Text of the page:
help. It did not help, but I started feeling not as good - a bit shaky...like I
used to if went too long without eating, but wasn't hungry. Can these type
supplements be addictive or dangerous? Does cortisol buildup in your system so
that I need to monitor the levels and start adjusting down the amount I take?
A. According to a website: IsoCort is a freeze dried adrenal cortex extract containing herbs and medium chain triglycerides. Isocort is designed to provide adrenal support for the those who have adrenal fatigue or reduced cortisol levels and which to increase energy levels. Isocort may not be cortisol hormone itself. I have not seen studies with this product so I don't know what kind of benefits and side effects it has and whether it does contain cortisol.
Q. I have gained an enormous amount of knowledge from
reading your website over the years, and want to thank you for that. Today I
noticed that there appears to perhaps be an inaccuracy in your cortisol entry
about a product. I don't have any relation or prior knowledge about this product
-- I am researching it this afternoon myself, to see if it might be a solution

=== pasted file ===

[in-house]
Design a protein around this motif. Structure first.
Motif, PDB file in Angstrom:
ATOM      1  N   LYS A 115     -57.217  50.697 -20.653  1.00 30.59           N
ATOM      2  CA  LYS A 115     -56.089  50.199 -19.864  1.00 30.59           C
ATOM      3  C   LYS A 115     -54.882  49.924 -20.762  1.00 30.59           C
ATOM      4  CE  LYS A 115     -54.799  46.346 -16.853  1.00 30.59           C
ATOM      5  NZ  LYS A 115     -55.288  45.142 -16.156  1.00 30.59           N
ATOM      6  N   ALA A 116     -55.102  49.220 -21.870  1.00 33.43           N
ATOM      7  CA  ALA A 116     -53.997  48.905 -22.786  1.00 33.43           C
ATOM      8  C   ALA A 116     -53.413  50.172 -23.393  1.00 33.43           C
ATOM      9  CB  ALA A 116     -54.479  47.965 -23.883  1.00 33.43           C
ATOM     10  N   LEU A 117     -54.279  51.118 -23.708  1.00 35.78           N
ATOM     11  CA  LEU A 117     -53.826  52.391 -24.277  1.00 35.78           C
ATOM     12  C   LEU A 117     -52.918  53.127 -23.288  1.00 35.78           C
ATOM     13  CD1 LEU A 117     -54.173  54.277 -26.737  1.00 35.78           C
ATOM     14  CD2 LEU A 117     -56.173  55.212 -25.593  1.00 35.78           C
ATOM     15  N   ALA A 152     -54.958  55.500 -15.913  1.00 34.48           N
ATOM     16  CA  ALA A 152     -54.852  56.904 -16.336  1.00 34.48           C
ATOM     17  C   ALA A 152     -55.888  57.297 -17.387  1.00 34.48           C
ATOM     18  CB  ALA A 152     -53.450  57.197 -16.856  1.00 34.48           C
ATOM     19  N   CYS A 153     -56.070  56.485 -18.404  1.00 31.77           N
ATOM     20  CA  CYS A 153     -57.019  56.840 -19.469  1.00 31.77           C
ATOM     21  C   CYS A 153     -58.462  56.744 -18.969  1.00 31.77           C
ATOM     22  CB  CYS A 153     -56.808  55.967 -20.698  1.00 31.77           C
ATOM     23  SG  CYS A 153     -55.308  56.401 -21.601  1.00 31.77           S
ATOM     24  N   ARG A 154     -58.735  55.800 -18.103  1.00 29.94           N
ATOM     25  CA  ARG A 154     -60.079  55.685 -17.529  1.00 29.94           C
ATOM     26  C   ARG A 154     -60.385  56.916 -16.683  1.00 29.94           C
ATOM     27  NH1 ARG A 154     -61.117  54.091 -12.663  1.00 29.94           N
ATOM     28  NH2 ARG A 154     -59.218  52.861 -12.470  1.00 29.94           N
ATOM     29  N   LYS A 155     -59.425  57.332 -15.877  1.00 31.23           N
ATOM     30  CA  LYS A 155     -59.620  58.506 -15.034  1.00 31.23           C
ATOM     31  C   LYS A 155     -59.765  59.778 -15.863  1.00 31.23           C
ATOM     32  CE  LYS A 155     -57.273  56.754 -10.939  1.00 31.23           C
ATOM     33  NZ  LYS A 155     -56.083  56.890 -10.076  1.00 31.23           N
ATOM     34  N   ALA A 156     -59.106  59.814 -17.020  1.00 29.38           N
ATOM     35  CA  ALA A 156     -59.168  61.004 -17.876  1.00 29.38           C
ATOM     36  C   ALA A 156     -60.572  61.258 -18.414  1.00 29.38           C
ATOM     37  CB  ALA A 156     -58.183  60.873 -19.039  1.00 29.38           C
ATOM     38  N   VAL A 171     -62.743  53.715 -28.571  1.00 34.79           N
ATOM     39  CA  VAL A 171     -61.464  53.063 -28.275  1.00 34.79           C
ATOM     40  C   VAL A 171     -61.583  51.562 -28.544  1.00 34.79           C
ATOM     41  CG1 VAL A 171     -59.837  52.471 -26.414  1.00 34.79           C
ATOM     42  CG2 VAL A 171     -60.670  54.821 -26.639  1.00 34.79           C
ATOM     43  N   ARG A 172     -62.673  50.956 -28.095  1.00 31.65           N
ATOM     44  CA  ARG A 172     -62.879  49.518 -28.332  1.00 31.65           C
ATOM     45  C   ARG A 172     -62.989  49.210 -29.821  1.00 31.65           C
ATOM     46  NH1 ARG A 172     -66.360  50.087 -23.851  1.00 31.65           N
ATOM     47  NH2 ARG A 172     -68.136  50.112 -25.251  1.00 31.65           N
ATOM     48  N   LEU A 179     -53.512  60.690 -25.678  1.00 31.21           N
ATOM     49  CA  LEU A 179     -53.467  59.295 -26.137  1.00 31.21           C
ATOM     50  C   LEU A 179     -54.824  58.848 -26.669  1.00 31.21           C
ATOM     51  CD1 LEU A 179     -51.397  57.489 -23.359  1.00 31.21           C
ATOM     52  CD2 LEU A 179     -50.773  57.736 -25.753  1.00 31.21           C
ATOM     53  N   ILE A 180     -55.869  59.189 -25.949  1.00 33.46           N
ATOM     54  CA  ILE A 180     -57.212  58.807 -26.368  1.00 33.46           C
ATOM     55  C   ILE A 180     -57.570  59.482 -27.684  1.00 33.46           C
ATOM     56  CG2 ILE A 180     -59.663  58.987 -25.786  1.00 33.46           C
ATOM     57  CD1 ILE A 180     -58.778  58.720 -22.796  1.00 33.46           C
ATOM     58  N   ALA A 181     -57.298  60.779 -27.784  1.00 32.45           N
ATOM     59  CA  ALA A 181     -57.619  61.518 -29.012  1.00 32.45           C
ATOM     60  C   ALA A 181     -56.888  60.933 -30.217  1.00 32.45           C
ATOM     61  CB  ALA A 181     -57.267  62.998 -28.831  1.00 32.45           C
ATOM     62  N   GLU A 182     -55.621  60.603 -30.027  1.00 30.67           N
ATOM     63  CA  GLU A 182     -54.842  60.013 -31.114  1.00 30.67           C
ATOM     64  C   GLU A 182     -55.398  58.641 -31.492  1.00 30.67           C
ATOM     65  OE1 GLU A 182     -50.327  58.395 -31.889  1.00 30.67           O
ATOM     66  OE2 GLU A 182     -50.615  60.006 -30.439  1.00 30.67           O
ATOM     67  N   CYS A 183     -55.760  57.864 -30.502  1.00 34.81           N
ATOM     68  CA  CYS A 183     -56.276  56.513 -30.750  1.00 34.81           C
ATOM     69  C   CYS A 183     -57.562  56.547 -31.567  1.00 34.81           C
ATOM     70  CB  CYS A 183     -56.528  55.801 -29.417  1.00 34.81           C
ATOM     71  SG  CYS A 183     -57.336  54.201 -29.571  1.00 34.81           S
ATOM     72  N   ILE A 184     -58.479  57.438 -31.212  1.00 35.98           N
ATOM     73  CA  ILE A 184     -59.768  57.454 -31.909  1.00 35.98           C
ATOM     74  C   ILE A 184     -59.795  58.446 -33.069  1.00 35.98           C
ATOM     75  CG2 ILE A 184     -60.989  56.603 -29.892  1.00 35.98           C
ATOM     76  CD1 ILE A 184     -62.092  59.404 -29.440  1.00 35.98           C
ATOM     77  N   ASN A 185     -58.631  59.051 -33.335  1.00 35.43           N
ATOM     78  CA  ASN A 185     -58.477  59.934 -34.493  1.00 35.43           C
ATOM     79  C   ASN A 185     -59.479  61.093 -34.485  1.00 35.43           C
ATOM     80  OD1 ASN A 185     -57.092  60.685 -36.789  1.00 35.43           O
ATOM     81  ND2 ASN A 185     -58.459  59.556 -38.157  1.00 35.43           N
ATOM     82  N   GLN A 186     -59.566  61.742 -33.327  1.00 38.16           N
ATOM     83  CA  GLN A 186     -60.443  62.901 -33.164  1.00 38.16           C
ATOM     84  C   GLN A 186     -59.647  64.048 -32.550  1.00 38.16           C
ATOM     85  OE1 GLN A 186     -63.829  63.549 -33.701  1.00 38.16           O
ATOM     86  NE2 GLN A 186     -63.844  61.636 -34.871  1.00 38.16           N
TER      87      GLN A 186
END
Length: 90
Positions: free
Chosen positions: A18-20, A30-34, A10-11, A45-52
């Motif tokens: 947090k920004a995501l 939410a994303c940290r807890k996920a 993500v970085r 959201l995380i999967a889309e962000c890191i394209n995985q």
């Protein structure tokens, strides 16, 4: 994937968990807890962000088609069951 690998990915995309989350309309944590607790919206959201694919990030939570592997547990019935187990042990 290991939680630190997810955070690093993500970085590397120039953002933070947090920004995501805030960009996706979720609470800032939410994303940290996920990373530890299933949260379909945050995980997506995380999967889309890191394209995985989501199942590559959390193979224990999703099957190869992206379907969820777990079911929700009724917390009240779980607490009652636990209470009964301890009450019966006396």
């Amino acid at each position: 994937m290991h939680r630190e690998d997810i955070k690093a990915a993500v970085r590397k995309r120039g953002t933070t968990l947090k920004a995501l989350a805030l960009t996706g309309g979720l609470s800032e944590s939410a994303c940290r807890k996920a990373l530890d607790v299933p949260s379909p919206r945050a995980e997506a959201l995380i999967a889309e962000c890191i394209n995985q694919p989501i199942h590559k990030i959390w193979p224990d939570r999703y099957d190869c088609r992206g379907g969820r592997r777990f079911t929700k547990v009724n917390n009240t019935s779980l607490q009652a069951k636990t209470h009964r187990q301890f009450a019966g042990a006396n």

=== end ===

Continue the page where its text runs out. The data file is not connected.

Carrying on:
for my health needs. I looked up what you had to say about it, and from what I
read on other sites about its ingredients (including sites that sell it and list
its ingredients), I think that you may have misunderstood it and
mischaracterized its ingredients on your site. The product is called IsoCort,
and you said on your site that the product doesn't have any cortisol in it.
However, I've seen more than 3 sites today that say it has actual cortisol in it
at a dosage of 2.5 mg. If you believe these sources (and I'm sure the
manufacturer of it, Bezwecken, could be contacted as the final authority),
please update your website entry for Cortisol. Assuming that this product does
have cortisol in it, I would be very interested in your thoughts about it as a
supplement that people can experiment with to see if it helps their
low-adrenal-function symptoms, especially because it's available over the
counter. If that would be reasonable to try, what dose, length of time, etc.